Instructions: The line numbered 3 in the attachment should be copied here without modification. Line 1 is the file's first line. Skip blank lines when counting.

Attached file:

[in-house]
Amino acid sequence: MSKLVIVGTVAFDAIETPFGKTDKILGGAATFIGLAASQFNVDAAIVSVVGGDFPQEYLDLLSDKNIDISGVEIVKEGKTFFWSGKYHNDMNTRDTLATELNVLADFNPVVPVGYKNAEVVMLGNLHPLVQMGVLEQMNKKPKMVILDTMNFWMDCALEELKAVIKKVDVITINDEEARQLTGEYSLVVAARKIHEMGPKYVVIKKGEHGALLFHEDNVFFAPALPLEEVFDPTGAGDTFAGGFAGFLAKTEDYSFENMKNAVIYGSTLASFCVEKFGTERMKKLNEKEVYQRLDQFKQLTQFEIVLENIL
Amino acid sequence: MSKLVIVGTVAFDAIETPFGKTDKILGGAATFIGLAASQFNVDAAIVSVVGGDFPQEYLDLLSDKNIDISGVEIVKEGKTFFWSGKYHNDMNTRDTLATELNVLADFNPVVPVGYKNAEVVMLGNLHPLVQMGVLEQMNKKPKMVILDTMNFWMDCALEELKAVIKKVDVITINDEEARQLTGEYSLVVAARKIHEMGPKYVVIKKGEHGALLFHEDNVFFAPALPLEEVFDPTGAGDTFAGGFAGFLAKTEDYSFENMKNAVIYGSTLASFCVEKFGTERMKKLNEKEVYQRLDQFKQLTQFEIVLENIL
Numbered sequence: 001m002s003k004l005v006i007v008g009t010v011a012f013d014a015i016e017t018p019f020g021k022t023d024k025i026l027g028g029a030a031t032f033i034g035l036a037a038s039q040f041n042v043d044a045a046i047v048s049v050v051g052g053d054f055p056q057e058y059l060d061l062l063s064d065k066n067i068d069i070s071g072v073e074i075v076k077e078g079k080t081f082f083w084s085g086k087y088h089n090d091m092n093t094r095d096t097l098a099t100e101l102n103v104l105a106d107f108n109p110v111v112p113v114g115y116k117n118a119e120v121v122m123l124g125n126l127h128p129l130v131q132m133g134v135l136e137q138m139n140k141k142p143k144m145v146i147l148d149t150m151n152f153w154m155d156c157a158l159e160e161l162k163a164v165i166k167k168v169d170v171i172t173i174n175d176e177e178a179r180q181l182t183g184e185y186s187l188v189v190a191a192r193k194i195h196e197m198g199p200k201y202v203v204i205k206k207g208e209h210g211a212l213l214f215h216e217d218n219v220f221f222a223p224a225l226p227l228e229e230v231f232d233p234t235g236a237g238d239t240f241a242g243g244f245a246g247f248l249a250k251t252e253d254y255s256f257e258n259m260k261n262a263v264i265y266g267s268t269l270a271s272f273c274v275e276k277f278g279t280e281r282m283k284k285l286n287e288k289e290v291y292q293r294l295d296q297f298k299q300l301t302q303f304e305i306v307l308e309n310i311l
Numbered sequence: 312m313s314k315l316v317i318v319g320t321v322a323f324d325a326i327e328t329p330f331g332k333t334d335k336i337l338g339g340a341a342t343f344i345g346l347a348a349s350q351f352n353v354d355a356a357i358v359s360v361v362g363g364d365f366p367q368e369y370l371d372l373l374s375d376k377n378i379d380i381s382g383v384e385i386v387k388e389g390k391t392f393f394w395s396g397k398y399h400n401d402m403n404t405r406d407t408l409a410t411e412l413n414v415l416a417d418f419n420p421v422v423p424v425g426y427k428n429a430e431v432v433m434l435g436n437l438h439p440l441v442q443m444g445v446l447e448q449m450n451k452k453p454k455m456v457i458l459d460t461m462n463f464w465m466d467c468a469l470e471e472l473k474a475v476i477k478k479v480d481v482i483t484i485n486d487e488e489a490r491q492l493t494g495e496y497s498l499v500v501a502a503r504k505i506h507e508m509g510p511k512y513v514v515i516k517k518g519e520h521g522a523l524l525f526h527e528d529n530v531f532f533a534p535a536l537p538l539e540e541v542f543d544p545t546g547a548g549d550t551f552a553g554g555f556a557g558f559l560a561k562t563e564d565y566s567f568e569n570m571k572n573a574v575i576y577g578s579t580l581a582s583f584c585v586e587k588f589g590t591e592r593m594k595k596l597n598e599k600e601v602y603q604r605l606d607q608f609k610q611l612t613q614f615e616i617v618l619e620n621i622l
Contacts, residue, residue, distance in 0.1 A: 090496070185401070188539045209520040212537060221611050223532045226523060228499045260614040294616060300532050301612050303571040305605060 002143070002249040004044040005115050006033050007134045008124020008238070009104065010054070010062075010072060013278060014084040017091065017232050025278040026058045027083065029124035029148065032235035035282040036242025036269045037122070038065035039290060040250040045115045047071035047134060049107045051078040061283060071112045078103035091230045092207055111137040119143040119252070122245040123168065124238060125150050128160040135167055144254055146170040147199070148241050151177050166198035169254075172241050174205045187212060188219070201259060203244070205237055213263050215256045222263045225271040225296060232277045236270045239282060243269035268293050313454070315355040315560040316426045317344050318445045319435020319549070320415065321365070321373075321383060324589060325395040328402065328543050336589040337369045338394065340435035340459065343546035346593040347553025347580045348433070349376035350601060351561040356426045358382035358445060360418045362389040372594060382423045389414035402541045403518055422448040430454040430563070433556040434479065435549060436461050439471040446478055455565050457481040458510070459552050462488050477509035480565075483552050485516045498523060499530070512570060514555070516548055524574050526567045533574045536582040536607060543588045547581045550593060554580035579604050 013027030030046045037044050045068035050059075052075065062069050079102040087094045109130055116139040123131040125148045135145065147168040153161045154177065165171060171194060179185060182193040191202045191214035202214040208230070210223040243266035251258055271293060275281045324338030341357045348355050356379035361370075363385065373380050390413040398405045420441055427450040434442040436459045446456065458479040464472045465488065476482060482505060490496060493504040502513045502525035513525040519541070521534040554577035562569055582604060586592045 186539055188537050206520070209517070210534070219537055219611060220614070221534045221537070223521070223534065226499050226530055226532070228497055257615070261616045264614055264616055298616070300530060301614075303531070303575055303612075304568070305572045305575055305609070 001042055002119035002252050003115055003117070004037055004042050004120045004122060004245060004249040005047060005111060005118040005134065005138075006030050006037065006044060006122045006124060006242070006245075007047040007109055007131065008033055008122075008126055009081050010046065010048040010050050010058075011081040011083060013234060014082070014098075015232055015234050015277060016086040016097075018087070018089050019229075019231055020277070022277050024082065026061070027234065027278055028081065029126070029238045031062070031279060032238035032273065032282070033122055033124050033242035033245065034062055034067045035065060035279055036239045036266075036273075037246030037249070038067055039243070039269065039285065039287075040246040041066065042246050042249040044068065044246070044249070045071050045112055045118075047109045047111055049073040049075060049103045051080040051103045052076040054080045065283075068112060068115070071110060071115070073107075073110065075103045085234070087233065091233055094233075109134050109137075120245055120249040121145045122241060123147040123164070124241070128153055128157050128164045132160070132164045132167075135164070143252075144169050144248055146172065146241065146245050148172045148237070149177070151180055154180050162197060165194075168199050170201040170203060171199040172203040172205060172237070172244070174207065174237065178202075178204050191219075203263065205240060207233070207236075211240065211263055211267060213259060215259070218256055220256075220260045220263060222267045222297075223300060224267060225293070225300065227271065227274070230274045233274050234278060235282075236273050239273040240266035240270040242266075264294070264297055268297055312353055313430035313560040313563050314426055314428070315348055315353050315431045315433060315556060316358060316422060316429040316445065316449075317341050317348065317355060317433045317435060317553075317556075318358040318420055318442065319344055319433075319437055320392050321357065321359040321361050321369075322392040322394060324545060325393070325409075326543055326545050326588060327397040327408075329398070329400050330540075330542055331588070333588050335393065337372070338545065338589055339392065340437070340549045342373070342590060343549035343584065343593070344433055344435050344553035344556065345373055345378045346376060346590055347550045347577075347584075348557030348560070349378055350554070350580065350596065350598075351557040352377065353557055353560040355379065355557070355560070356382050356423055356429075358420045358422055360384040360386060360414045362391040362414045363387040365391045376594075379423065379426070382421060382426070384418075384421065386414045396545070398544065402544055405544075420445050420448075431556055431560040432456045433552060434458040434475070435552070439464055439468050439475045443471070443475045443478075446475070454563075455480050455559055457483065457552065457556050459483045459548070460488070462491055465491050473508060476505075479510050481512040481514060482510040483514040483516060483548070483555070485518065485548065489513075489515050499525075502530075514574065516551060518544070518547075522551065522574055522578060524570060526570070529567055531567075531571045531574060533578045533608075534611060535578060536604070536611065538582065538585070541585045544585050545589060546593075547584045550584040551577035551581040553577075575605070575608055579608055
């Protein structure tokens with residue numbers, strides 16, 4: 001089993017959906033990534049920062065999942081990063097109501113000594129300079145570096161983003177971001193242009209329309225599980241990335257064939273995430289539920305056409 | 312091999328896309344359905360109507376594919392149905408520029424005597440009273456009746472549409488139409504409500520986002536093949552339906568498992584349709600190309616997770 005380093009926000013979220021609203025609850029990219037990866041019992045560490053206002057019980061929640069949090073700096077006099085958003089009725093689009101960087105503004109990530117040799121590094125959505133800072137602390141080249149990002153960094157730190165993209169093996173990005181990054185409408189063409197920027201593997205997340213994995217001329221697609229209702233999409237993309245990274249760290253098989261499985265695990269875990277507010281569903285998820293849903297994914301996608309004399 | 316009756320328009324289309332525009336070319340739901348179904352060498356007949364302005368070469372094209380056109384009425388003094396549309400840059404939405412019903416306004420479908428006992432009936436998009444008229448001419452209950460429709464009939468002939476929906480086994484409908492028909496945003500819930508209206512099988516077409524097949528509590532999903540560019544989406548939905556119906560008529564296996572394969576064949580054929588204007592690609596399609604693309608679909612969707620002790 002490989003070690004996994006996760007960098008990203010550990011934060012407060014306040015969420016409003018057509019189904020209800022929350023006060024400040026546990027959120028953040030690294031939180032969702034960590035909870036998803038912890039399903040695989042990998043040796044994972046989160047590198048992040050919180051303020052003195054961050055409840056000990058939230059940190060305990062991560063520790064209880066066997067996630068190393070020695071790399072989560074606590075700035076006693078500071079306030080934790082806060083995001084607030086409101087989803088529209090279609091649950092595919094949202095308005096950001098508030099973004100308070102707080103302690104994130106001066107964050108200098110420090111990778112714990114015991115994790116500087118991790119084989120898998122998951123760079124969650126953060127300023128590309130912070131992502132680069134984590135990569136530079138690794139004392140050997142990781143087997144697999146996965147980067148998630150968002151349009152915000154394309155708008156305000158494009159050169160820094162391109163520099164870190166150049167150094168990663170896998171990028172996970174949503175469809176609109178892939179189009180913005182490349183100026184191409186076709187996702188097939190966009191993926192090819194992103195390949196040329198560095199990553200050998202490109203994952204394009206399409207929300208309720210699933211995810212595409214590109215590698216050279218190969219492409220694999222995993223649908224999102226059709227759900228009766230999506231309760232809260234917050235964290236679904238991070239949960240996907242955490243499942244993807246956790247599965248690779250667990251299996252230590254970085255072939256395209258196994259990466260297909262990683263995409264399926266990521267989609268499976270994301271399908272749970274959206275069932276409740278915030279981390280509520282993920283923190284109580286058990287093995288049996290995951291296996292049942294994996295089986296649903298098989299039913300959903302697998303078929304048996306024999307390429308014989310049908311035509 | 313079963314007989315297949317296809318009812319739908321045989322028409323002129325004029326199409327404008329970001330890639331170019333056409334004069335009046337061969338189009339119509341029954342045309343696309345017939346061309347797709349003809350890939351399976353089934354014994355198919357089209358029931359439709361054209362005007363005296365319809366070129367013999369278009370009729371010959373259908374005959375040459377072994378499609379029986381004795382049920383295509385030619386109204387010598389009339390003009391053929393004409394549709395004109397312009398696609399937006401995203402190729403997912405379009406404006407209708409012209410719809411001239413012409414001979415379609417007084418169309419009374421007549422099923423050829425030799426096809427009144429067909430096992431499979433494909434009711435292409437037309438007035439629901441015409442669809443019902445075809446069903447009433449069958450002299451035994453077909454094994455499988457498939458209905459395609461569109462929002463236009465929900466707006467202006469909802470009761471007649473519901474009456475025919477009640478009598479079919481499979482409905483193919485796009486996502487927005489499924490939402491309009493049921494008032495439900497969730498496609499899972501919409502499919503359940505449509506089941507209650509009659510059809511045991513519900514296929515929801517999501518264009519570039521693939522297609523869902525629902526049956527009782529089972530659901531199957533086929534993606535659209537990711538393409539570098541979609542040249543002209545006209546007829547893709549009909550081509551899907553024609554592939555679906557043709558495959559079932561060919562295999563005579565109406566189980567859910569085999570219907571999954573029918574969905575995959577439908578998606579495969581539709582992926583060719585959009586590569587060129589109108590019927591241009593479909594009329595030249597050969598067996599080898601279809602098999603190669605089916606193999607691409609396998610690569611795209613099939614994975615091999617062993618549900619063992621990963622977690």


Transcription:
Amino acid sequence: MSKLVIVGTVAFDAIETPFGKTDKILGGAATFIGLAASQFNVDAAIVSVVGGDFPQEYLDLLSDKNIDISGVEIVKEGKTFFWSGKYHNDMNTRDTLATELNVLADFNPVVPVGYKNAEVVMLGNLHPLVQMGVLEQMNKKPKMVILDTMNFWMDCALEELKAVIKKVDVITINDEEARQLTGEYSLVVAARKIHEMGPKYVVIKKGEHGALLFHEDNVFFAPALPLEEVFDPTGAGDTFAGGFAGFLAKTEDYSFENMKNAVIYGSTLASFCVEKFGTERMKKLNEKEVYQRLDQFKQLTQFEIVLENIL